C96 DD08 Precinct A ,small site – Not Safe.

After asking for clarity yesterday on what seemed a clear statement that big Apartments couldn’t be built in side streets on small sites we got the Council’s reply below.  It seems that there is still Council discretion to allow 10m high, 3 storey apartments on DD08 Precinct a sites less than 1800m2 (2 blocks) because the sections are not mandatory…

…if a lot has an area of less than 1800m2, a townhouse style development proposal only will be considered, but development should be a maximum of two storeys….

We received this explanatory email:  (Key here seems to be that DD08 can mandate things – MSS cannot, and these statements are written in the MSS.) 

I refer to your email regarding proposed changes regarding Sub-precinct A.  Firstly I clarify  that the changes you refer to  form part of Clause 21.05 Residential of the Municipal Strategic Statement (MSS) not the Design and Development Schedule 8.

The MSS is a statement of the key strategic planning, land use and development objectives for a municipality and details the strategies and actions for achieving those objectives.  The State Planning Policy Framework together with the MSS, provide the strategic basis for the application of zones, overlays and particular provisions.  The Manningham MSS is Council’s primary land use planning document and forms the basis of all other controls in the Planning Scheme. The MSS guides the implementation of key strategies e.g. Doncaster Hill Strategy and the Residential Strategy and Residential Character Guidelines.  The MSS must be taken into account when preparing amendments to the planning scheme or making decisions under the scheme.The MSS provides the broad local policy basis for making decisions under a planning scheme .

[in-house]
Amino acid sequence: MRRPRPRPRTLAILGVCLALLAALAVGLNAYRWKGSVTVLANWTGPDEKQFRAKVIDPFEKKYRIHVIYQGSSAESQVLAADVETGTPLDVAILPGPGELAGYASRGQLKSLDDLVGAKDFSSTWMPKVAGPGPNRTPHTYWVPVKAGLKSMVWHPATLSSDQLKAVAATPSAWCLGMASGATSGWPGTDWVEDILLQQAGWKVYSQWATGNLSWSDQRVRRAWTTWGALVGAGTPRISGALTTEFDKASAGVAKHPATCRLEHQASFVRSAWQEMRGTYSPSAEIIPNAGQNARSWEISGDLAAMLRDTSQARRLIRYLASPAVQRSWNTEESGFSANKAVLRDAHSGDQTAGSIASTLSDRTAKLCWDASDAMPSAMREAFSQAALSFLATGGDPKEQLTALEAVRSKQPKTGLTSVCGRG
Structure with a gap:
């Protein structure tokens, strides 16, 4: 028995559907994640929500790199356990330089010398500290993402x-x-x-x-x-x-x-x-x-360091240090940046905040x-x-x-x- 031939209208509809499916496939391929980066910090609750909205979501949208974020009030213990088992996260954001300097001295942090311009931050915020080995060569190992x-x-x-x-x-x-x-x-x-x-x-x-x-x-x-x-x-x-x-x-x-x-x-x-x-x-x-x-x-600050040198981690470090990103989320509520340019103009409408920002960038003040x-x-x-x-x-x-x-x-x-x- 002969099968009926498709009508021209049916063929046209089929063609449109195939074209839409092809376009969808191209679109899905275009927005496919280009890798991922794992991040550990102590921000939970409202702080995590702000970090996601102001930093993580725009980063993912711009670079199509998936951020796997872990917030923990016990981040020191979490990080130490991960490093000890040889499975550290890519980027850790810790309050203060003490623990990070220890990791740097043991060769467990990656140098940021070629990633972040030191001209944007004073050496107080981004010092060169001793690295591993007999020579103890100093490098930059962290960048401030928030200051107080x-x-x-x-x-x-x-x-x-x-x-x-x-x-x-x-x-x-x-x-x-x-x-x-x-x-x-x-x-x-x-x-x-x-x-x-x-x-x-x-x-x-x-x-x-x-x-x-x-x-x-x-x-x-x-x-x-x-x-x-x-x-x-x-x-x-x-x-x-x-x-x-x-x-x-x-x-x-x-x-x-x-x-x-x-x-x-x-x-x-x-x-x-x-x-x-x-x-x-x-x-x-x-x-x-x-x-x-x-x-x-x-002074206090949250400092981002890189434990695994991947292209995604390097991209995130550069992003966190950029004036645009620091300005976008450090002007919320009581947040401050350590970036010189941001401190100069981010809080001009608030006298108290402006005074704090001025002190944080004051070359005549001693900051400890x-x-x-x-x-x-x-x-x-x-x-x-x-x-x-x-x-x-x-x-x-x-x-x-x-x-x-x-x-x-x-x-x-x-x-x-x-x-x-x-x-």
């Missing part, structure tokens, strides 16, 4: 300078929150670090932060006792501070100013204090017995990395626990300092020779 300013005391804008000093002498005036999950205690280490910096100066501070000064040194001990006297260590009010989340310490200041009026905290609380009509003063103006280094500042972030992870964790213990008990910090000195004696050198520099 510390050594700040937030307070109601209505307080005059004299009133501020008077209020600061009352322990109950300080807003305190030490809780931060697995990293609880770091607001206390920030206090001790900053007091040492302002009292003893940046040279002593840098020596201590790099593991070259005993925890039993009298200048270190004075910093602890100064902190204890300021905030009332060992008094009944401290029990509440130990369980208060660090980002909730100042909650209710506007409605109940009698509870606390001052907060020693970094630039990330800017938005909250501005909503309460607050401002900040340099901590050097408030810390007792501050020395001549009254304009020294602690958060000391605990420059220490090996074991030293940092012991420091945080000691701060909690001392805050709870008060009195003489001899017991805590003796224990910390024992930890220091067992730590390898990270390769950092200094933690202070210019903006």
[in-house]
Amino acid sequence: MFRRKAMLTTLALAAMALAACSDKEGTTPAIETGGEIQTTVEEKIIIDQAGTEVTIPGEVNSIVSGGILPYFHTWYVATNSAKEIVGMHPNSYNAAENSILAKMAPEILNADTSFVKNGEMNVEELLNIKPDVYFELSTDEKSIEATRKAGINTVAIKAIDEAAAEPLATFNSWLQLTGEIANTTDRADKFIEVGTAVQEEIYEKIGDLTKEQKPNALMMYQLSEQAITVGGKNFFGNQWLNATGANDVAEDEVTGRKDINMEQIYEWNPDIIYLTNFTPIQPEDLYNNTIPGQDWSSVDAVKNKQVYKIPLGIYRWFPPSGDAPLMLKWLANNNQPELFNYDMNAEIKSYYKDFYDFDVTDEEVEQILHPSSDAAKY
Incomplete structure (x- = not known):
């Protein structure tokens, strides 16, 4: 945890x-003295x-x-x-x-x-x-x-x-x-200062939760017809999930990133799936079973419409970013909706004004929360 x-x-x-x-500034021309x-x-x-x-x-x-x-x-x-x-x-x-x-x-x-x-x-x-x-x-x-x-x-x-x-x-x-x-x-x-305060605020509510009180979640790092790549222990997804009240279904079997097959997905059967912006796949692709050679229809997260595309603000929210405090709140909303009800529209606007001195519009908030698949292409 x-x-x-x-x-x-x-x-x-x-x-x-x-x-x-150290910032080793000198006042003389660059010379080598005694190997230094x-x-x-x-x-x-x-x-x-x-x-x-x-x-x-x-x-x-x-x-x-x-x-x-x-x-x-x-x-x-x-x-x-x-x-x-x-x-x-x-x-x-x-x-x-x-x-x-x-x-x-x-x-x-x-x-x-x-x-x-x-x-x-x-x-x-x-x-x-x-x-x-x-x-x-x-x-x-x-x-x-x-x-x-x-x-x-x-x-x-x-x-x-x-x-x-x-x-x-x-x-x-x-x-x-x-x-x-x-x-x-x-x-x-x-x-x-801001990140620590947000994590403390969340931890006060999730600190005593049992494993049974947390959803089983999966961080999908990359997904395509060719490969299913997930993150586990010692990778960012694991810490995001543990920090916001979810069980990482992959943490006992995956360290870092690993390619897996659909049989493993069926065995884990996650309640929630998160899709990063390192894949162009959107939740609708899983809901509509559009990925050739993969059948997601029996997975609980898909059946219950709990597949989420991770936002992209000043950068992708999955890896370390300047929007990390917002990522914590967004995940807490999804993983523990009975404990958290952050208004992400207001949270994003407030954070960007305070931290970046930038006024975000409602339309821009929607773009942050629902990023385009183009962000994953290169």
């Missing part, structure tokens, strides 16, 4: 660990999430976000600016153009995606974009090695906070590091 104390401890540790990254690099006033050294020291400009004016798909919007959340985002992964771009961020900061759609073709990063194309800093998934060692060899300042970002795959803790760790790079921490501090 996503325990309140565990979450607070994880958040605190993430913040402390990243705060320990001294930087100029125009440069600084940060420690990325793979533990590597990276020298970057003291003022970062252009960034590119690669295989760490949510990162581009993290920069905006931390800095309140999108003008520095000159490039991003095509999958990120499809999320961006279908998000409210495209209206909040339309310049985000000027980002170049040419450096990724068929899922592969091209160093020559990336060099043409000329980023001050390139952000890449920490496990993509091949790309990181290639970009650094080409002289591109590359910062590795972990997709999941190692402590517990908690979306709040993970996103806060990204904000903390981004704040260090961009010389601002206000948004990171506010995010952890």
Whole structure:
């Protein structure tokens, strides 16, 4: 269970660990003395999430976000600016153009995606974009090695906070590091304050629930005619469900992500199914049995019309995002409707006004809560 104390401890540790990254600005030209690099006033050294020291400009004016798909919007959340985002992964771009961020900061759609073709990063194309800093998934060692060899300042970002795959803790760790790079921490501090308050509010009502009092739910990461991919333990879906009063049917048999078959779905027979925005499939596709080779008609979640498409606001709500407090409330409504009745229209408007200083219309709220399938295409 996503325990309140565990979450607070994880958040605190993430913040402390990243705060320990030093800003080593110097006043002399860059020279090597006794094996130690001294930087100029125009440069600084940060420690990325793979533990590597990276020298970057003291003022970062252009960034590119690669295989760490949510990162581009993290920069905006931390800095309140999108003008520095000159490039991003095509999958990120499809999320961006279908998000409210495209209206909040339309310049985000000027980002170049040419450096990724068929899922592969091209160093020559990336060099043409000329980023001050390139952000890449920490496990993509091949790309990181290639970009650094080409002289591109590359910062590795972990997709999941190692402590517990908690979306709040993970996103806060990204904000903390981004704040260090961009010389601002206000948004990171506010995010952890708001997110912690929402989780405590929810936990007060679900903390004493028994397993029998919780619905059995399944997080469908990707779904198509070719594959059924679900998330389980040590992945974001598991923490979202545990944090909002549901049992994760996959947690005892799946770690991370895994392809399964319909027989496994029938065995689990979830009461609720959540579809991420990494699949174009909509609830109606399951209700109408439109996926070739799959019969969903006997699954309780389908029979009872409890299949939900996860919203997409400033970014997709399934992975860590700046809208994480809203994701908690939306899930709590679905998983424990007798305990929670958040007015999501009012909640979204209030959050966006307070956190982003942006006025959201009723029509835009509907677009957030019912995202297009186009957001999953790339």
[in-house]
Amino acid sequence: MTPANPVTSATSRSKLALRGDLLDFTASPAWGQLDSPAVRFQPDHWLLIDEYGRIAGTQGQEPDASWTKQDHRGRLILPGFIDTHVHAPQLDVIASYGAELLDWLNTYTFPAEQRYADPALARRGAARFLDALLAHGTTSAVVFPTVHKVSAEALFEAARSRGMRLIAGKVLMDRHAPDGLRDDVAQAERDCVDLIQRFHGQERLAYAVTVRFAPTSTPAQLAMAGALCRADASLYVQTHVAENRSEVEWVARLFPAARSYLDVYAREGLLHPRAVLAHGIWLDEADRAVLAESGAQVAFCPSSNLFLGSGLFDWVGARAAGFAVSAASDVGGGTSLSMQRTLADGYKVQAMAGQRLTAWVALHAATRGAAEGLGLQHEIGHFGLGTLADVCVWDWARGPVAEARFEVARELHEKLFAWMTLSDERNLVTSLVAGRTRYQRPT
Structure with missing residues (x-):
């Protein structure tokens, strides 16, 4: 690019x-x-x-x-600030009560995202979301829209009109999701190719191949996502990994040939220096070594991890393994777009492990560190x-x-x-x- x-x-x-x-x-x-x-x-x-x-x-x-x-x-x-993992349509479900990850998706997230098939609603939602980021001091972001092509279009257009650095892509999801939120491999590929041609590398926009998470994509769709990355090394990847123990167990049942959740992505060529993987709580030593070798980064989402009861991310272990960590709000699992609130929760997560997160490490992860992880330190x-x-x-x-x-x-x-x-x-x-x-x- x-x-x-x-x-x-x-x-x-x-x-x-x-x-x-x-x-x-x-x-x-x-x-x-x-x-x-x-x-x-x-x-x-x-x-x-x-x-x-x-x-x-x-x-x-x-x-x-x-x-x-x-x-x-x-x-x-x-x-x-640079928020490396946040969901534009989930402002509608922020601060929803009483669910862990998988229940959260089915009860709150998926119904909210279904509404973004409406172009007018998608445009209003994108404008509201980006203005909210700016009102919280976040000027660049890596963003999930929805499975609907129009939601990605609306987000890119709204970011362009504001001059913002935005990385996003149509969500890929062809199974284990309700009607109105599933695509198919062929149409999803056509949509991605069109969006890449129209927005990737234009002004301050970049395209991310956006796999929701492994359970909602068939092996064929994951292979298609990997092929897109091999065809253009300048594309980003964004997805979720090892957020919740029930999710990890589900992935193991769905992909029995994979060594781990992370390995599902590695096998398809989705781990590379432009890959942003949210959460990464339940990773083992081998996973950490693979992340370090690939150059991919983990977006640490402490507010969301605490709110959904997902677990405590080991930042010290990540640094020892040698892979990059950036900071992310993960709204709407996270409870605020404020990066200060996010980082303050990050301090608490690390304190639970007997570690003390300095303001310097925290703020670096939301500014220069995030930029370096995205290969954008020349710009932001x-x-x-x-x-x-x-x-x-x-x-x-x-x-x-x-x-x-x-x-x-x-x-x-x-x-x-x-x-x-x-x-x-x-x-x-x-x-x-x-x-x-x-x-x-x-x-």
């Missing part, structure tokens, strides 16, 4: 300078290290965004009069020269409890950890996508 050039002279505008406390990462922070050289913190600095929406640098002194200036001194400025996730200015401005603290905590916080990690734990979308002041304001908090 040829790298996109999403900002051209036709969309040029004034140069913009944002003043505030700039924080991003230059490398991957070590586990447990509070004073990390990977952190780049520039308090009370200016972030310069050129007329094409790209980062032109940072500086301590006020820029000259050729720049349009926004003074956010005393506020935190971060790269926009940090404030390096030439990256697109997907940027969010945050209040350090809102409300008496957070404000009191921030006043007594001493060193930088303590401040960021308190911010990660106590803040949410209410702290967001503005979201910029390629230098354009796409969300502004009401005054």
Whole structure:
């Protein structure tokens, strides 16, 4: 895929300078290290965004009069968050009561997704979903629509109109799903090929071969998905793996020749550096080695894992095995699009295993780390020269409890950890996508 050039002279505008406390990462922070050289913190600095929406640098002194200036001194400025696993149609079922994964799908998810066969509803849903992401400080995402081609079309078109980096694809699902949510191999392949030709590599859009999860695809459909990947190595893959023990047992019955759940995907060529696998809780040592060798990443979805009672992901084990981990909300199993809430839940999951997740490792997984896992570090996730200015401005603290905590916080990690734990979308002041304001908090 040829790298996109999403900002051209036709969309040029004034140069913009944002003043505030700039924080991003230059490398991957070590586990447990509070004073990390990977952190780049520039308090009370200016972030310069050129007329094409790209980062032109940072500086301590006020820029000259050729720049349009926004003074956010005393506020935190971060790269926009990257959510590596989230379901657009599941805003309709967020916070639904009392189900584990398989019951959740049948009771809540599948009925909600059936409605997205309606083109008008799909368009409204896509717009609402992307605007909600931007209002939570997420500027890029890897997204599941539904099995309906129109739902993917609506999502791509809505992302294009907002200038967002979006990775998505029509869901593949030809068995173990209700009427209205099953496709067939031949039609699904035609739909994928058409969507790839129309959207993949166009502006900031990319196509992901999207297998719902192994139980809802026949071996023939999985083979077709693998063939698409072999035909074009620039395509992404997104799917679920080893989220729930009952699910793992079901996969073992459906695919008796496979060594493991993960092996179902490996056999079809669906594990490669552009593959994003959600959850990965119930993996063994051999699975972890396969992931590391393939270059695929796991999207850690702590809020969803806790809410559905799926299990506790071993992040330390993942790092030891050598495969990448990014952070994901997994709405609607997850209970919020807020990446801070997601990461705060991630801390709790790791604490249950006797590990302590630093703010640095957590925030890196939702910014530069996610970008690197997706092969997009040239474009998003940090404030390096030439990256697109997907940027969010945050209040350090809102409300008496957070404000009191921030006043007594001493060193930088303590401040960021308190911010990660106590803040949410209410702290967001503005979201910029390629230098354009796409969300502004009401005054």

The existing MSS currently states:
Sub-precinct A is an area where two storey and three storey buildings including ‘apartment style’ developments are encouraged.  Three storey, contemporary developments are encouraged on consolidated sites with a minimum area of 1,800m2.’

As part of the exhibition of C96, this section was amended to read:
‘Sub-precinct A is an area where two storey units (9 metres) and three storey ‘apartment style’ development are encouraged.  Three storey, contemporary developments may only occur on consolidated sites with a minimum area of 1800m2. The area of 1800m2 must all be in the same sub-precinct.  In this precinct, if a lot has an area less than 1800m2, a multi-unit development proposal can still be considered, but development should be a maximum of two storeys and have a maximum site coverage of 60%.’

I agree, that following consideration of the Panel Report, this section is now proposed to read:
‘Sub-precinct A is an area where two storey units (9 metres) and three storey (11 metres) ‘apartment style’ developments are encouraged.  Three storey, contemporary developments should  only occur on land  with a minimum area of 1800m2.  Where the land comprises more than one lot, the lots must be consecutive lots which are side by side and have a shared frontage. The area of 1800m2 must all be in the same sub-precinct.  In this sub-precinct, if a lot has an area less than 1800m2, a townhouse style  development proposal only will  be considered, but development should be a maximum of two storeys.  All development in Sub-precinct A should have a maximum site coverage of 60%.